Well Being Trust Announces Round Two Of California Grants, Providing $8.5 Million To Organizations To Improve Mental Health and Well-being

August 28, 2018

 

Today, Well Being Trust (WBT) announced $8.5 million in new grants as the second round of grants to mental health and well-being initiatives in California.

“Mental health challenges do not exist in isolation—they are intertwined with chronic health conditions, lack of safe and clean housing, substance use disorders, economic and transportation deficiencies and a myriad of other issues,” said Tyler Norris, MDiv, chief executive, Well Being Trust. “With both rounds of grants, we intend to meet people where they are and where they need help and focus on all of the issues that impact one’s mental health and well-being.”

As in the first round, for round two, Well Being Trust worked with California-based partners to identify the most significant areas of need and the community-level programs that could provide substantial health and well-being improvements across the state. Some of these initiatives include:

  • The Cambodian Family Community Center’s Body, Mind, and Spiritual Wellness Program (Santa Ana, CA):  This program will bring together services from a diverse group of partners—including Families Together of Orange County, the Minnie Street Family Resource Center, and St. Joseph Hospital of Orange—to reduce stigma around mental health and increase access to mental health care services for underserved, low-income Cambodian populations, who have been impacted by the Cambodian genocide. The program will conduct community outreach through a culturally- and linguistically-tailored approach and provide spiritual, physical, and creative opportunities to promote community connectedness and mental well-being.

 

  • Providence Saint John's Health Center’s Community Care Coordination Program for Vulnerable Patients (Santa Monica, CA): This program brings together The People Concern, St. Joseph Center, and Venice Family Clinic to provide intensive patient navigation and case management for high needs individuals experiencing homelessness, ensuring a smooth transition from the Emergency Department to community services. Case managers at The People Concern and St. Joseph Center will work with social workers, other case managers, and community care coordinators at Saint John's Health to develop a coordinated care plan for individuals and establish a permanent medical home at Venice Family Clinic.

 

  • The California State University Northridge Foundation’s Counseling Services for the Catholic School Collaborative (Northridge, CA): This program seeks to provide mental health services for parents, students and families at four K-12 Catholic Schools in the San Fernando Valley region of Los Angeles.  Many of the students attending the target schools are low-income from first generation Mexican and Central American families.

 

  • St. Joseph Queen of the Valley Community Outreach Department’s Building and Strengthening Community-wide Systems for Preventing and Addressing Adverse Childhood Experiences (ACEs) (Napa, CA): This grantee is building a collaborative of community-based nonprofits, public serving agencies, and health care providers to develop a countywide approach to addressing ACEs. The collaborative will focus on developing provider training and education; strategies to integrate mental health services into school district wellness programs; and supportive interventions around mental health in county Emergency Departments. It will also expand substance misuse counseling for pregnant women.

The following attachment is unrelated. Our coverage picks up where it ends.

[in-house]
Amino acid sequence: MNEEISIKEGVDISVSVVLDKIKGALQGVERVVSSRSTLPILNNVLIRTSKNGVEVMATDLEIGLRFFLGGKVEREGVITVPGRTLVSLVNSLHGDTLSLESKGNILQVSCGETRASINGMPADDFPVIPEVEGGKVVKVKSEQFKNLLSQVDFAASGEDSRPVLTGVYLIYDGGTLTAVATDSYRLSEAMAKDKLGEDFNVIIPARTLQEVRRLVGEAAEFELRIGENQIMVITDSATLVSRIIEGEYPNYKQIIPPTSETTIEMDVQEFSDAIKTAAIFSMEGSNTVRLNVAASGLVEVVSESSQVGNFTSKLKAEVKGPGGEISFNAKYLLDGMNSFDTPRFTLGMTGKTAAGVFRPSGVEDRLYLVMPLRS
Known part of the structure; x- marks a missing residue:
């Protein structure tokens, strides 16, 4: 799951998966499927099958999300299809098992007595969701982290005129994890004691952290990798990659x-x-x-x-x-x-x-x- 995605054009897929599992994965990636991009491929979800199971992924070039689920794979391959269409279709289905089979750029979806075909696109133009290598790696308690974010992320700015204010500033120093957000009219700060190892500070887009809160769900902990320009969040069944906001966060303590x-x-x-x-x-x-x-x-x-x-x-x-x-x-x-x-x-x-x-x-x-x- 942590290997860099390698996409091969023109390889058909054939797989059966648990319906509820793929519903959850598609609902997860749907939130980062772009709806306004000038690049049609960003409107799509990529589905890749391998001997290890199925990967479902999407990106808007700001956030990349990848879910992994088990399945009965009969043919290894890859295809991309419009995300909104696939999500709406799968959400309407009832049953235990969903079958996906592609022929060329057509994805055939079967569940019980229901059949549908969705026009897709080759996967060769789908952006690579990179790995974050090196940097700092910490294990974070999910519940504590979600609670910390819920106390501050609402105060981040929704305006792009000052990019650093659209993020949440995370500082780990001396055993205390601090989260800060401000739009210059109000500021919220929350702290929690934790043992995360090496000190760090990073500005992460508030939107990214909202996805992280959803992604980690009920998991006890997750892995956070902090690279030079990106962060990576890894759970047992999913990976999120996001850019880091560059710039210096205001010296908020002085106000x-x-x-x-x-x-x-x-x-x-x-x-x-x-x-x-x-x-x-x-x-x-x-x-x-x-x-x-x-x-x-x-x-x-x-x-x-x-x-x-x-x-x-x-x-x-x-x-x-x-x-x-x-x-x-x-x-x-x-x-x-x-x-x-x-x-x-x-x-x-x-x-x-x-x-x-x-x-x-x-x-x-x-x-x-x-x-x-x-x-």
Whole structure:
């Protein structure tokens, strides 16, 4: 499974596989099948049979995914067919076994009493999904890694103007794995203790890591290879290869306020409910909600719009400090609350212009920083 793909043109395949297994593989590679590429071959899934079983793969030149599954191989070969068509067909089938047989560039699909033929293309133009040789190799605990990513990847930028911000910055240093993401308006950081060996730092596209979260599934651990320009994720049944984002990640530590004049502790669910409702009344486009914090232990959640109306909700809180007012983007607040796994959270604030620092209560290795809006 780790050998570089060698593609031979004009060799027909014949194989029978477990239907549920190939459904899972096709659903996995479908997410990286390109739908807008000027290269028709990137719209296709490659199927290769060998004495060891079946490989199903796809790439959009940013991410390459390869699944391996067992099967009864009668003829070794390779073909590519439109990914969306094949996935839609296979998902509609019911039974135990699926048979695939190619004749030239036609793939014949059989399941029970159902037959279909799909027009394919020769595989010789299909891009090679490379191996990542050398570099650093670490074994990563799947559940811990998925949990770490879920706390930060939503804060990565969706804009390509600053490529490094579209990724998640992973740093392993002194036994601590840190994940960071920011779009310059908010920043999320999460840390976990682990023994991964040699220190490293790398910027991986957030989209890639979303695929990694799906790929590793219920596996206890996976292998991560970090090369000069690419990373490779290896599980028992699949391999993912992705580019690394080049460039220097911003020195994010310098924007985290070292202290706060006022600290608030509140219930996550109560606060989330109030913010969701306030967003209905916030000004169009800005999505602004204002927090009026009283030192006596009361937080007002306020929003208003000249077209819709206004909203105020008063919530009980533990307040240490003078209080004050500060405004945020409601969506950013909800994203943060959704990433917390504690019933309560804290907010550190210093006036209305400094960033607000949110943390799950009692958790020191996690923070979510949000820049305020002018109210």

In the first round of grants, WBT issued $10 million in grants, including to COTS, a Sonoma County-based nonprofit focused on helping people find and keep housing. With WBT funding, COTS created a Coordinated Care pilot program focused on reducing stigma associated with homelessness, mental illness, and substance misuse.

Within the pilot, a client first undergoes a detailed assessment conducted by a licensed clinical social worker (LCSW) to uncover the client’s primary barriers to housing. Once barriers are identified and agreed upon, the LCSW creates a customized Care Plan and provides a warm handoff to a COTS Housing Navigator who uses the plan to guide housing search and placement.

The Housing Navigator also facilitates additional handoffs to income development and benefits services, mental health services, and physical health services. Additionally, funding supported the creation of software to track and manage interactions between care partners, staff, and outreach personnel, empowering a client with access to information.

To date, 46 percent of participants exited the program into permanent housing or institutional setting (29 percent permanent housing and 17 percent institutional setting including nursing home, treatment center, or psychiatric facility).

“The Coordinated Care pilot has transformed our approach to clients, making us more flexible, responsive, and effective in meeting their needs. It has even changed the way we see our clients and, subsequently, how the clients see themselves,” said Brian Bricker, COTS’ Chief Operating Officer. “Coordinated Care has really become a philosophy here, not a program. Our staff and our care partners in the community are all working together to ensure each client’s path is customized to their particular needs.”

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Well Being Trust is a national foundation dedicated to advancing the mental, social, and spiritual health of the nation. Created to include participation from organizations across sectors and perspectives, Well Being Trust is committed to innovating and addressing the most critical mental health challenges facing America, and to transforming individual and community well-being. www.wellbeingtrust.org. Twitter: @WellBeingTrust

 

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